COVID-19 has interrupted the flow of daily life for Chicagoans. Gone are the weekends strolling along Lake Michigan, checking the score of the Sox/Cubs Opening Day game, and stopping by your favorite local spot to hear some live music on any given night.
Musicians, venues, and everyone in-between are taking hard hits, when most of their livelihood depends on performances that have been barred in the era of social distancing. And while occasionally tuning into an Instagram livestream is supportive in itself, the Chicago community needs to come together financially to ensure security to the city’s most vulnerable creators.
The Chicago Service Relief database is the most centrally organized website to visit to provide support to businesses. Acting as a directory for venues, bars, restaurants, and stores across the city, you can search and find links to business-sponsored fundraisers to assist in their lost revenue. Many of the fundraisers will additionally be distributing their donations back to their employees who are unable to work for their regular hours and tips. Chicago indie-folk musician Spencer Tweedy spearheaded this campaign early on in the COVID crisis, demonstrating how musicians and local businesses rely on each other during times of hardship. As a rule of thumb, just think of what you would have already spent at whichever bar or venue you frequent the most, and consider donating it to a relief fund of your choice.
As for artists, there are several avenues available from various non-profit organizations. Specific to Illinois is the Arts for Illinois Relief Fund. The application for this $1,500 one-time grant closes on April 8th, 5pm CST. To qualify, the artist or musician must be legally eligible to work in the United States and give proof of their work from the last two years. More information can be found here.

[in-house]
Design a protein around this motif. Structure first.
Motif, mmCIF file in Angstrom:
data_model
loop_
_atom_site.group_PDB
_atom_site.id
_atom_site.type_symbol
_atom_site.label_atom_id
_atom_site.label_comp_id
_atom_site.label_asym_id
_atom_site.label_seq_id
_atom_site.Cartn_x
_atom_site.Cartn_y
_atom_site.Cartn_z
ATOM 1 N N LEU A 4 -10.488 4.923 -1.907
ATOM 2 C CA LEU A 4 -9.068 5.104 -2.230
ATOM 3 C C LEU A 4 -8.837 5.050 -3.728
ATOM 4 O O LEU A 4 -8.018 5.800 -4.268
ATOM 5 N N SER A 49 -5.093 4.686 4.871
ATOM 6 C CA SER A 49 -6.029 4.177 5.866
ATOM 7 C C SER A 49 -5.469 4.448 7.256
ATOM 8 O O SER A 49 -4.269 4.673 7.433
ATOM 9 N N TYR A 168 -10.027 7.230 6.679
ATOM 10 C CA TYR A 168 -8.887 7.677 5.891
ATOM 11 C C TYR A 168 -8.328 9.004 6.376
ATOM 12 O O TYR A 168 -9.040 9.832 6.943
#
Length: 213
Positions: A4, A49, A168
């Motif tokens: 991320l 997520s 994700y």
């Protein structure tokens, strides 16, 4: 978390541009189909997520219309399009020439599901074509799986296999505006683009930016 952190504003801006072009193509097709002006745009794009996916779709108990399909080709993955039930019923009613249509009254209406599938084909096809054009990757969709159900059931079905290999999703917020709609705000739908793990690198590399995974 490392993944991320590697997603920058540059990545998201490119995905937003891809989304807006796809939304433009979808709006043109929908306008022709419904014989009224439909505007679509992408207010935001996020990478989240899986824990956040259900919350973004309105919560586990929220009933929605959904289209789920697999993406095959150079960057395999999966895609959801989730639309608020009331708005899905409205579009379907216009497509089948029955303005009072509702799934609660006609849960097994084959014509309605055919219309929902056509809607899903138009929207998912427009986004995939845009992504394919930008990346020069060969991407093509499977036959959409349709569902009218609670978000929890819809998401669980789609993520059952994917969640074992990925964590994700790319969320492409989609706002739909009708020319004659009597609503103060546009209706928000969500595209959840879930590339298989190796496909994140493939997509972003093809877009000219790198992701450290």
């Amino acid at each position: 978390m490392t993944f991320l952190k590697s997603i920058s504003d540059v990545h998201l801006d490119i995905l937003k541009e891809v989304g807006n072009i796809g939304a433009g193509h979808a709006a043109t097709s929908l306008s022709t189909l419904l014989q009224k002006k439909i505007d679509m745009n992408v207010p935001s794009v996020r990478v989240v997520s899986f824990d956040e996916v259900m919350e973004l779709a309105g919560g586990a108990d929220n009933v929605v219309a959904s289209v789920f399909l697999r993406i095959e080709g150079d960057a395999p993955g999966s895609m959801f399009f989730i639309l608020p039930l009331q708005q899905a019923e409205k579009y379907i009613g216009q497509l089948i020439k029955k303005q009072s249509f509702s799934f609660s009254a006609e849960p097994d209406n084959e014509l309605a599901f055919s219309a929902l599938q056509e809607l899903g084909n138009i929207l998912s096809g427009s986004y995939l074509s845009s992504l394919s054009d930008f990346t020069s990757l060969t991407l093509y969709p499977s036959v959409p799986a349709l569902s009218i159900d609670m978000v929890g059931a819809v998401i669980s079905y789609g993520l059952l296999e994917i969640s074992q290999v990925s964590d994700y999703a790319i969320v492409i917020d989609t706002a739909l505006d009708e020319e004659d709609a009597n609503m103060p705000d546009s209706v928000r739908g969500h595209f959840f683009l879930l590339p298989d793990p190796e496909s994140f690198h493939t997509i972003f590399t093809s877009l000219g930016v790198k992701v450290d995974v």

On a national level, the Recording Academy’s MusiCares program will also be offering support to musicians and industry professionals who are in the midst of canceling shows. MusiCares requires that applicants be experienced in the music industry for a minimum of five years, and submit six commercially-released singles or videos in the application. The COVID-19 Crisis Fund can be found here and is accepting donations here.
The Music Covid Relief website gives a comprehensive overview of the resources that have been made available by the CARES legislation passed federally on March 27th. However, it’s been noted that many younger musicians are finding obstacles with accessibility and meeting the requirements outlined for each prospective fund. The best way to support these musicians at this time is to purchase, stream, and share their music and merchandise.
Nobody could have predicted the amount of damage this virus would have on Chicago artists, but just remember that the humane option is the best option.